Kasper Roszbach: Dept. of Economics, Stockholm School of Economics, Postal: P.O. Box 6501, SE-113 83 Stockholm, Sweden
Abstract: To evaluate loan applicants, banks use a large variety of systems. The objective of such credit scoring models typically is to minimize default rates or the number of incorrectly classified loans. Thereby they fail to take into account that loans are multiperiod contracts. From a utility maximizing perspective it is not only important to know if but also when a loan will default. In this paper a Tobit model with a variable censoring threshold and sample selection effects is estimated for (1) the decision to provide a loan or not and (2) the survival of granted loans. The model is shown to be an affective tool to separate applicants with short survival times from those with long survivals The bank´s loan provision process is shown to be inefficient. Loans are granted in a way that conflicts with both default risk minimization and survival time maximization. There is thus no trade-off between higher default risk and higher return in the policy of banks.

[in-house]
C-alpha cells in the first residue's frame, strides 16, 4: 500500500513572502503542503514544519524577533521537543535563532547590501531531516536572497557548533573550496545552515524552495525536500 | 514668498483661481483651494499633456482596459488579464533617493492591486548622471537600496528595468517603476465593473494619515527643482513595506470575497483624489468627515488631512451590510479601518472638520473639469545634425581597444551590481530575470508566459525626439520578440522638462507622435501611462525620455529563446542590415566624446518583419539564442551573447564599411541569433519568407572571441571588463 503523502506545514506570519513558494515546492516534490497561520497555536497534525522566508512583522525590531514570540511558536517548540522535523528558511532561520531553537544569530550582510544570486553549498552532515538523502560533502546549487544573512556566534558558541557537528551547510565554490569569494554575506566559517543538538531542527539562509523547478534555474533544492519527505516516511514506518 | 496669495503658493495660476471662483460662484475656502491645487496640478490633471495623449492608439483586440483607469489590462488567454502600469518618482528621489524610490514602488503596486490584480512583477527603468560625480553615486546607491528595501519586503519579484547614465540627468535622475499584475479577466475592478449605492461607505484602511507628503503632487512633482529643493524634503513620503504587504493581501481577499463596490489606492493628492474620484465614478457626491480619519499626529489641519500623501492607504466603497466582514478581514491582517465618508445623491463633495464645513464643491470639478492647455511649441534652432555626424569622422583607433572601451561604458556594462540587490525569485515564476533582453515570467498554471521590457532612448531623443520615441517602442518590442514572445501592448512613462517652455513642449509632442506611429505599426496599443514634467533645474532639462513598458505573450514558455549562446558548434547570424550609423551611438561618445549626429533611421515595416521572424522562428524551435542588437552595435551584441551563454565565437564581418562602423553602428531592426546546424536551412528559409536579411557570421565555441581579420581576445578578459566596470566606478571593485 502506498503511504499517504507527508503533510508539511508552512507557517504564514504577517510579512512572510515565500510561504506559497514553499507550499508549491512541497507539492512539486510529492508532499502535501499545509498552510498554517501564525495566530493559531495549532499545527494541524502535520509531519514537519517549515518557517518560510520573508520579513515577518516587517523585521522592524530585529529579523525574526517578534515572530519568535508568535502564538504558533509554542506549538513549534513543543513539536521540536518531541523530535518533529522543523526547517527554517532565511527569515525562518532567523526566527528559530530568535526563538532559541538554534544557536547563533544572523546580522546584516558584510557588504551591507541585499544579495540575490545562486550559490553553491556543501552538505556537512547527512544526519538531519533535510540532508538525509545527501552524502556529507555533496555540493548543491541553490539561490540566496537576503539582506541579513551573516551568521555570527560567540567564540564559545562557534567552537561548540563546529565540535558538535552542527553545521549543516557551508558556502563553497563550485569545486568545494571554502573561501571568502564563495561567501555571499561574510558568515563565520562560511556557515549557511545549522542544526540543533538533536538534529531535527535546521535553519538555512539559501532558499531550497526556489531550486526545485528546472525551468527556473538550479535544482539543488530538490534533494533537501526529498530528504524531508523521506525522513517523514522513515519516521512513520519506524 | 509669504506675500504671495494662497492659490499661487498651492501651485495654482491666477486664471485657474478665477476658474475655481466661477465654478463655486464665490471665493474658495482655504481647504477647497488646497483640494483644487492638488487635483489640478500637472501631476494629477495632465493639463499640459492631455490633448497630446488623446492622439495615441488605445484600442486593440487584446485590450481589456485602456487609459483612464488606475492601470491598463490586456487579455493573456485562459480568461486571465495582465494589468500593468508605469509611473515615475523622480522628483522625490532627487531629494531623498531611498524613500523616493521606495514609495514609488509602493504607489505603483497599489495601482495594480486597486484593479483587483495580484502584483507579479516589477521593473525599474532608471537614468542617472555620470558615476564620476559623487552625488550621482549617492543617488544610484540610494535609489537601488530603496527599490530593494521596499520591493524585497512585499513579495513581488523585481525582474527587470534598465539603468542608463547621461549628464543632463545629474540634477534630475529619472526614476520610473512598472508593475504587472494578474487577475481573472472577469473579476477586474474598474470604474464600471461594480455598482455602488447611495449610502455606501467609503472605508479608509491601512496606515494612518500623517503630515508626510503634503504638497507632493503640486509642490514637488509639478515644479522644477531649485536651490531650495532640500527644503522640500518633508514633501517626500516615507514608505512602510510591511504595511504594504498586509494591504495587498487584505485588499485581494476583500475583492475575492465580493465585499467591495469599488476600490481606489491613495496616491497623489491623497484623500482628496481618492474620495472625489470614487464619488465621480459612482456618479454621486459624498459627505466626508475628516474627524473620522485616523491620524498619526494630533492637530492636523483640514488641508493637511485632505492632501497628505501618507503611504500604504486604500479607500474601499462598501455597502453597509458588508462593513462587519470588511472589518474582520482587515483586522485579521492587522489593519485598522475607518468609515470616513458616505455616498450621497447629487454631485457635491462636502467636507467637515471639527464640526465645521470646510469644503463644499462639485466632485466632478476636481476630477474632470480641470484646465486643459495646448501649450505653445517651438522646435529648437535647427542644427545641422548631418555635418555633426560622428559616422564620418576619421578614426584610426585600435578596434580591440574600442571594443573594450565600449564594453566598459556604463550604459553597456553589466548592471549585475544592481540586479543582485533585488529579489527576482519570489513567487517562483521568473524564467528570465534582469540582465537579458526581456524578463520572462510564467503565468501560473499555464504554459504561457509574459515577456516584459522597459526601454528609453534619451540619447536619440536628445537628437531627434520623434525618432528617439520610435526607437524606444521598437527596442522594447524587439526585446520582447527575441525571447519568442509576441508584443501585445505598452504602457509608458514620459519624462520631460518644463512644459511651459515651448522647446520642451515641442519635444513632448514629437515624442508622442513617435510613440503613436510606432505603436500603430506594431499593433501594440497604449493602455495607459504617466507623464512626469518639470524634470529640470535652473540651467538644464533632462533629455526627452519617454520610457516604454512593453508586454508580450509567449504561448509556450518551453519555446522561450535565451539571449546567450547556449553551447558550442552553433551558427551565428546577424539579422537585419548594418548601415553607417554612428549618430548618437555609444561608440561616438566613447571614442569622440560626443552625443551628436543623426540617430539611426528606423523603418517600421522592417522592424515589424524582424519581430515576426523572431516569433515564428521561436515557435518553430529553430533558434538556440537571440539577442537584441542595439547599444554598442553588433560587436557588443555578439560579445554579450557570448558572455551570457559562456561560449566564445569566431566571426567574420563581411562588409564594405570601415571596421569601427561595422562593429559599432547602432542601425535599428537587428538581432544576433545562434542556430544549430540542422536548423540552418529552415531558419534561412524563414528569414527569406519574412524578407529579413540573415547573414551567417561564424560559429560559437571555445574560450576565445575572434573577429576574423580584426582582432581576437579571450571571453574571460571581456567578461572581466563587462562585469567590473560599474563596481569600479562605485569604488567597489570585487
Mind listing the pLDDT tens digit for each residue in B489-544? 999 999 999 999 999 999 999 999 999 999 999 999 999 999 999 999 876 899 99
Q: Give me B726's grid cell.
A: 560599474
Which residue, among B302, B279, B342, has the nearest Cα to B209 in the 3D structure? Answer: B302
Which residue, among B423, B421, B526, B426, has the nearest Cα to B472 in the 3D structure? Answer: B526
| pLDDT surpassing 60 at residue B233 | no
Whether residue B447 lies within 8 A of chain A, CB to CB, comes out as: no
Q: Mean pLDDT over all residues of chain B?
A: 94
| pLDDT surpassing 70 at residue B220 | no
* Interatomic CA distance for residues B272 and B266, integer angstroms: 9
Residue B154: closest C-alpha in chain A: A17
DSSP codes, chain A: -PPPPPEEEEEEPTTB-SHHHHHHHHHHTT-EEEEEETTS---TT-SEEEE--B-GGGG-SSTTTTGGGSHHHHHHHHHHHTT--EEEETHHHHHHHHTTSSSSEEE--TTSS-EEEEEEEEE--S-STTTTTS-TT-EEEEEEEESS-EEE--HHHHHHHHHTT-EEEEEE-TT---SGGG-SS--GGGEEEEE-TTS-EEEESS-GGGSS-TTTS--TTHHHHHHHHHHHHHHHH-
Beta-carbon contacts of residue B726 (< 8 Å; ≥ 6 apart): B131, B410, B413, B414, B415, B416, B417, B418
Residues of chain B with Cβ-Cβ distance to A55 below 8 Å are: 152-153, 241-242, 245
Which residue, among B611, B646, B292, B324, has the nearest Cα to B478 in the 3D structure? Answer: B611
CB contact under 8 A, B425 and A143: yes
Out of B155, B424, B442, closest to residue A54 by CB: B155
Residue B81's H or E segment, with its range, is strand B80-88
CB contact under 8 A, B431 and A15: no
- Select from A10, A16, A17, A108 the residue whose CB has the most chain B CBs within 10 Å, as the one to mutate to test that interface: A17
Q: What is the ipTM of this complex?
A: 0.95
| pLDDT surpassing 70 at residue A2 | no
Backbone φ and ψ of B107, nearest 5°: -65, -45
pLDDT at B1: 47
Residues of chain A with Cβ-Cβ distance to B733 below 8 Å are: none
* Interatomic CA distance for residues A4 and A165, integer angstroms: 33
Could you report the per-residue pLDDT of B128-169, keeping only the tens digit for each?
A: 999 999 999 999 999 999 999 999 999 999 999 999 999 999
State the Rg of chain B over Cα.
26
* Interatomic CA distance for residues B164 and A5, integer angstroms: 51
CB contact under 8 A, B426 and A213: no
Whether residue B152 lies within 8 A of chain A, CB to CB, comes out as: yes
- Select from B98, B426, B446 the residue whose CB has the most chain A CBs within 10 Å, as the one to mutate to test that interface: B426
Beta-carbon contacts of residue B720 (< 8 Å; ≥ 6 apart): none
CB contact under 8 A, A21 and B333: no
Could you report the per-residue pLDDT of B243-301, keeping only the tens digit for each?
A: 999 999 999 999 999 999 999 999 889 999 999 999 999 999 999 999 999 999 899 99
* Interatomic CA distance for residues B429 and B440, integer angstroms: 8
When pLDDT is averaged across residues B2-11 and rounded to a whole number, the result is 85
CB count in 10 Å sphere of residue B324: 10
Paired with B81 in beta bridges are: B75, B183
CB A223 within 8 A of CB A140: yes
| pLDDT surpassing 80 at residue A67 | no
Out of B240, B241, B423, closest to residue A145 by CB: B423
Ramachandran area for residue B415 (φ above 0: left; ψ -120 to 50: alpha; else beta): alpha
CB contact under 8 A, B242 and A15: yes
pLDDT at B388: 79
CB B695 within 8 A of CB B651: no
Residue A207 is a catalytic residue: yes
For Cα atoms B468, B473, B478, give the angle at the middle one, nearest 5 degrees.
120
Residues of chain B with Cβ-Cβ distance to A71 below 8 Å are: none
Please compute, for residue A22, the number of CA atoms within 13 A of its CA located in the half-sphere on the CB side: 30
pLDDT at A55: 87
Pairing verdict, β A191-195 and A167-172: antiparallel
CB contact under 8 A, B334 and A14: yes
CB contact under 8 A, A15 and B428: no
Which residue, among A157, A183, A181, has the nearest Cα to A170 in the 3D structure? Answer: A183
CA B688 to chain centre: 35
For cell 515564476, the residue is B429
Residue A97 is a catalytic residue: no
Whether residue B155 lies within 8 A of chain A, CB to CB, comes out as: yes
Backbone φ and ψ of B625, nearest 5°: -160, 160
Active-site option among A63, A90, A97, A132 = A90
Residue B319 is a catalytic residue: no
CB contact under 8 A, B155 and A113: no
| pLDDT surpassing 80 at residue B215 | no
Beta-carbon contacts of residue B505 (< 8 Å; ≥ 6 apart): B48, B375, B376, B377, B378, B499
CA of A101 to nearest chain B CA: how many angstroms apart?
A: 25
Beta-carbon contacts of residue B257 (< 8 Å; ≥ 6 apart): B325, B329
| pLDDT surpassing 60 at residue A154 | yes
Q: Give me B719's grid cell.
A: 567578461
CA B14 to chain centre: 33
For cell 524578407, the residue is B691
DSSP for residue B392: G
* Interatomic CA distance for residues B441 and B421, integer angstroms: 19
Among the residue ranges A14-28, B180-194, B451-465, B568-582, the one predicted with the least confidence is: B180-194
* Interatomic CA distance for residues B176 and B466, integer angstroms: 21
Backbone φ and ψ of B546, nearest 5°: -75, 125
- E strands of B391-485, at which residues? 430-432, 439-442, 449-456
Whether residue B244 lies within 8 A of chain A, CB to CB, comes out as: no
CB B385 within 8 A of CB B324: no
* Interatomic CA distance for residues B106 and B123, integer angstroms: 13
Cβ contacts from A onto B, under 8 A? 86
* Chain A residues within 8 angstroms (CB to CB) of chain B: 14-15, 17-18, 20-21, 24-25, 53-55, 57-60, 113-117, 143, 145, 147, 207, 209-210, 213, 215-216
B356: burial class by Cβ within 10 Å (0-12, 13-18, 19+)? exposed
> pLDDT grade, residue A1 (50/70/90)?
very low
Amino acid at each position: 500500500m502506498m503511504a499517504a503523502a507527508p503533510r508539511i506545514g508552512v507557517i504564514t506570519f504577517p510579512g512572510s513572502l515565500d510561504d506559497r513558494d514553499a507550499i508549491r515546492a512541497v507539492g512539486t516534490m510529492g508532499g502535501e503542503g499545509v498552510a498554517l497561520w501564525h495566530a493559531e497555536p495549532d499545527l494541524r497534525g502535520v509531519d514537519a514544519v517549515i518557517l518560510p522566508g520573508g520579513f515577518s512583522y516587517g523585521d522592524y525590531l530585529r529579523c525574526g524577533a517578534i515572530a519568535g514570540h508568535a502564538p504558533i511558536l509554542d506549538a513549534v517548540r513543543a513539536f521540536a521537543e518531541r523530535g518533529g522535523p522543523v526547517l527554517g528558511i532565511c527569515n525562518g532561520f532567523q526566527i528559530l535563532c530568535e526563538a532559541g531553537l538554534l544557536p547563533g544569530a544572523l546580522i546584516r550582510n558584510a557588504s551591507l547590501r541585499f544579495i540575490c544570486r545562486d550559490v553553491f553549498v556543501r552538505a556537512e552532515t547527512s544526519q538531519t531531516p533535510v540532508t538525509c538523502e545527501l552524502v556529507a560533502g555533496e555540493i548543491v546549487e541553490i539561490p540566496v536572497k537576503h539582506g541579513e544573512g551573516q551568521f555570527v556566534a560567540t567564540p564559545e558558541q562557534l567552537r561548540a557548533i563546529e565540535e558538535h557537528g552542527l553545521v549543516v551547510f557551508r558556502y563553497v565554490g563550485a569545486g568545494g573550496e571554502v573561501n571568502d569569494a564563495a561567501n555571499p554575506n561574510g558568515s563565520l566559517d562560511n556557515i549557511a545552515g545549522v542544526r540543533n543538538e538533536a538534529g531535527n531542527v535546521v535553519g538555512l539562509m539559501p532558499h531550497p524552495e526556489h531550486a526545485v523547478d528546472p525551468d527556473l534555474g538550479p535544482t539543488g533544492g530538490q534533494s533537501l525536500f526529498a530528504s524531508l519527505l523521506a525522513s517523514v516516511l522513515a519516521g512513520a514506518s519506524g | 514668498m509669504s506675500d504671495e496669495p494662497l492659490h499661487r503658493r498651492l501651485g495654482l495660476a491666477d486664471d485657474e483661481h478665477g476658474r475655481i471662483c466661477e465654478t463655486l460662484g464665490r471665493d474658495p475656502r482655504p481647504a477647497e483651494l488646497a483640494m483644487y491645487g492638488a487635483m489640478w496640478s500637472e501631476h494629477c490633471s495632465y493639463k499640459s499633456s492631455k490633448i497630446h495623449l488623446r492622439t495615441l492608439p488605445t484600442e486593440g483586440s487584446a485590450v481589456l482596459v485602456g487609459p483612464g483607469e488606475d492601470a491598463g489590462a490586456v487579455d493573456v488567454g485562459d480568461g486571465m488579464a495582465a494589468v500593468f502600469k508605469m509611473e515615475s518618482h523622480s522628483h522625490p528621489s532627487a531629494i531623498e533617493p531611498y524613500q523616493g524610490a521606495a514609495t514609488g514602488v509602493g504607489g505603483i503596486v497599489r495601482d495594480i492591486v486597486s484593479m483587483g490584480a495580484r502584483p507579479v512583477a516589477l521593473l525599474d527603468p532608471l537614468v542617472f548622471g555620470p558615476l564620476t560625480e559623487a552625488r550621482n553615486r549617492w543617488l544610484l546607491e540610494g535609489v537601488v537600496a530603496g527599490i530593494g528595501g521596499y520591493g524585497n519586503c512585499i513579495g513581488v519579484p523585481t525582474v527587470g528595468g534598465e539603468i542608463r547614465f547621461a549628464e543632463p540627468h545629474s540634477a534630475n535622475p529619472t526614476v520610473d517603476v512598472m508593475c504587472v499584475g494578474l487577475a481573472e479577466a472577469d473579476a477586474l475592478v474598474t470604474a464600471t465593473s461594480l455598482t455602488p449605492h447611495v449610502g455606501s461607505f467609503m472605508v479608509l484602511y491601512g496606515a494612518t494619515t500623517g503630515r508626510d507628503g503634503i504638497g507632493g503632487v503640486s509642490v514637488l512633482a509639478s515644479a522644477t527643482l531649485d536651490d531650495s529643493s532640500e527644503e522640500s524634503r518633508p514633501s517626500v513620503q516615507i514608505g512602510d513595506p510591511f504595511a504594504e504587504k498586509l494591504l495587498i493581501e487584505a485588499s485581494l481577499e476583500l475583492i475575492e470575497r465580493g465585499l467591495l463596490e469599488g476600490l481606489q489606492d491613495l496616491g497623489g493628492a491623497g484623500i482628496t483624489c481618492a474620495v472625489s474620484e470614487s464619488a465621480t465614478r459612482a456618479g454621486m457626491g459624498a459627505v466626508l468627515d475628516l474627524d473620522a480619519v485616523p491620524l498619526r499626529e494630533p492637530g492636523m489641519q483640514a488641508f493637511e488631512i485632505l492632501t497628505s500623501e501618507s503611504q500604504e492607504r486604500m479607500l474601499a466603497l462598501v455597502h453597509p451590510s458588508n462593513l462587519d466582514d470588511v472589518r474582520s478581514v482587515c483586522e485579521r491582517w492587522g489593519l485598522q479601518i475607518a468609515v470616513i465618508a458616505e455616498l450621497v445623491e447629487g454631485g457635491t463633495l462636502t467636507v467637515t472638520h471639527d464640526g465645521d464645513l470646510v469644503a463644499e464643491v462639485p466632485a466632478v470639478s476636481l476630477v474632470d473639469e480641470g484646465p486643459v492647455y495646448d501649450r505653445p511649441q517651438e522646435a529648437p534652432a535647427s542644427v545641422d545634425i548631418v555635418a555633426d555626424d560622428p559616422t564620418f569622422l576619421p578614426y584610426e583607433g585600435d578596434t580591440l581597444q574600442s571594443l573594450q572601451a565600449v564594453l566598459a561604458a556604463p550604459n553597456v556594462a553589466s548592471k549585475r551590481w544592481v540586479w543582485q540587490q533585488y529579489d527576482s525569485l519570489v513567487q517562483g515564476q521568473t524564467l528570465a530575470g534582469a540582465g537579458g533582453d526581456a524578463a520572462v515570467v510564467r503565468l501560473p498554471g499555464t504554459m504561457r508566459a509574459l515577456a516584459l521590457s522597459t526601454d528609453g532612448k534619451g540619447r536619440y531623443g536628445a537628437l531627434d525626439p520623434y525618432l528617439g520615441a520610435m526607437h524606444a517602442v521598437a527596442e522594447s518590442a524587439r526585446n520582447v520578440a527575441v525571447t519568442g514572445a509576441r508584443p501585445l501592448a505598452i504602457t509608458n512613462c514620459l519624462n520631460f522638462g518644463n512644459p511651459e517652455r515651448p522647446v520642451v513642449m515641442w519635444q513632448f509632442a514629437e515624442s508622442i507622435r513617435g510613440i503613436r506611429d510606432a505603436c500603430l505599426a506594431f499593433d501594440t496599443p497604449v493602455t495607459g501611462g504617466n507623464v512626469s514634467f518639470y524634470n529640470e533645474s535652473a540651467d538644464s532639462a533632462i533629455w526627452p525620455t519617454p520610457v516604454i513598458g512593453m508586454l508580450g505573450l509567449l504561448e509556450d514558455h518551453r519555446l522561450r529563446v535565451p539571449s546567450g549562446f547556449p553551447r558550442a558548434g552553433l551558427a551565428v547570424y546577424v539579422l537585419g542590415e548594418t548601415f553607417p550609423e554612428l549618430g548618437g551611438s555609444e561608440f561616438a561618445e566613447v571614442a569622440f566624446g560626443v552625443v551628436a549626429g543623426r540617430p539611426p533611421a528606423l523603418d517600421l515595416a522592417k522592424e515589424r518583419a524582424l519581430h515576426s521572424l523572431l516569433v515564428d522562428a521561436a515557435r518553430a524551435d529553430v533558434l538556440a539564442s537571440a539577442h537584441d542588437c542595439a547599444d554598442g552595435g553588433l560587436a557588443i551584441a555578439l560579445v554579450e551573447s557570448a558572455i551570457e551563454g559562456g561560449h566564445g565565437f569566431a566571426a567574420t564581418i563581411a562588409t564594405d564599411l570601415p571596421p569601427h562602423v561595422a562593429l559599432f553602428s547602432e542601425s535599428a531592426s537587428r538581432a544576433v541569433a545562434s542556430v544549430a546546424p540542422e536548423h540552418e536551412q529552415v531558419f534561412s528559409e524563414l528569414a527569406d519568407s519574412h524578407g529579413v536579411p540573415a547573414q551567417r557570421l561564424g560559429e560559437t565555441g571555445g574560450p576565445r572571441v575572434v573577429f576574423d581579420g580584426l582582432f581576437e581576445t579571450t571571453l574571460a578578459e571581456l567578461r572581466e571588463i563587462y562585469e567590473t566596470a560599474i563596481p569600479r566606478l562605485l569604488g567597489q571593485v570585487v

28 pages, September 29, 1998
Full text files
hastef0261.pdf.zip Full text
hastef0261.pdf Full text
hastef0261.ps.zip PostScript file Full text
hastef0261.ps PostScript file Full text
Questions (including download problems) about the papers in this series should be directed to Helena Lundin ()
Report other problems with accessing this service to Sune Karlsson ().
This page generated on 2018-03-27 10:24:44.